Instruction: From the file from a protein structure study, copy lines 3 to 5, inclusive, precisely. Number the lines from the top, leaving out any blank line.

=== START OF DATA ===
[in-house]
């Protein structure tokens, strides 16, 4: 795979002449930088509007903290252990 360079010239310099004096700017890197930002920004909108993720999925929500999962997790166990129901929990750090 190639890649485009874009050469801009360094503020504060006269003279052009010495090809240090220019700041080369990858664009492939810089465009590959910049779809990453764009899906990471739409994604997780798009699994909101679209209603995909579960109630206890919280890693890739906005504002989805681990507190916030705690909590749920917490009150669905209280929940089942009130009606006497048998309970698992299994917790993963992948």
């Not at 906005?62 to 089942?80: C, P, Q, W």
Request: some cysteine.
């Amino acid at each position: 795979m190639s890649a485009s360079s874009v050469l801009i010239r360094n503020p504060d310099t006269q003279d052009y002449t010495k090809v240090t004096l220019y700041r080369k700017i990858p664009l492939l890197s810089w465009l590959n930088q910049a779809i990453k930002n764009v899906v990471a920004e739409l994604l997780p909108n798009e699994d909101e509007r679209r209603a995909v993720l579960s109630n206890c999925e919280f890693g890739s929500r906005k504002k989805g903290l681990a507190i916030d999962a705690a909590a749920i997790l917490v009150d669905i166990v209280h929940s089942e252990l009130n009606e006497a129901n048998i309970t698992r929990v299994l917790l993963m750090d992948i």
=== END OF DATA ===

């Not at 906005?62 to 089942?80: C, P, Q, W």
Request: some cysteine.
């Amino acid at each position: 795979m190639s890649a485009s360079s874009v050469l801009i010239r360094n503020p504060d310099t006269q003279d052009y002449t010495k090809v240090t004096l220019y700041r080369k700017i990858p664009l492939l890197s810089w465009l590959n930088q910049a779809i990453k930002n764009v899906v990471a920004e739409l994604l997780p909108n798009e699994d909101e509007r679209r209603a995909v993720l579960s109630n206890c999925e919280f890693g890739s929500r906005k504002k989805g903290l681990a507190i916030d999962a705690a909590a749920i997790l917490v009150d669905i166990v209280h929940s089942e252990l009130n009606e006497a129901n048998i309970t698992r929990v299994l917790l993963m750090d992948i």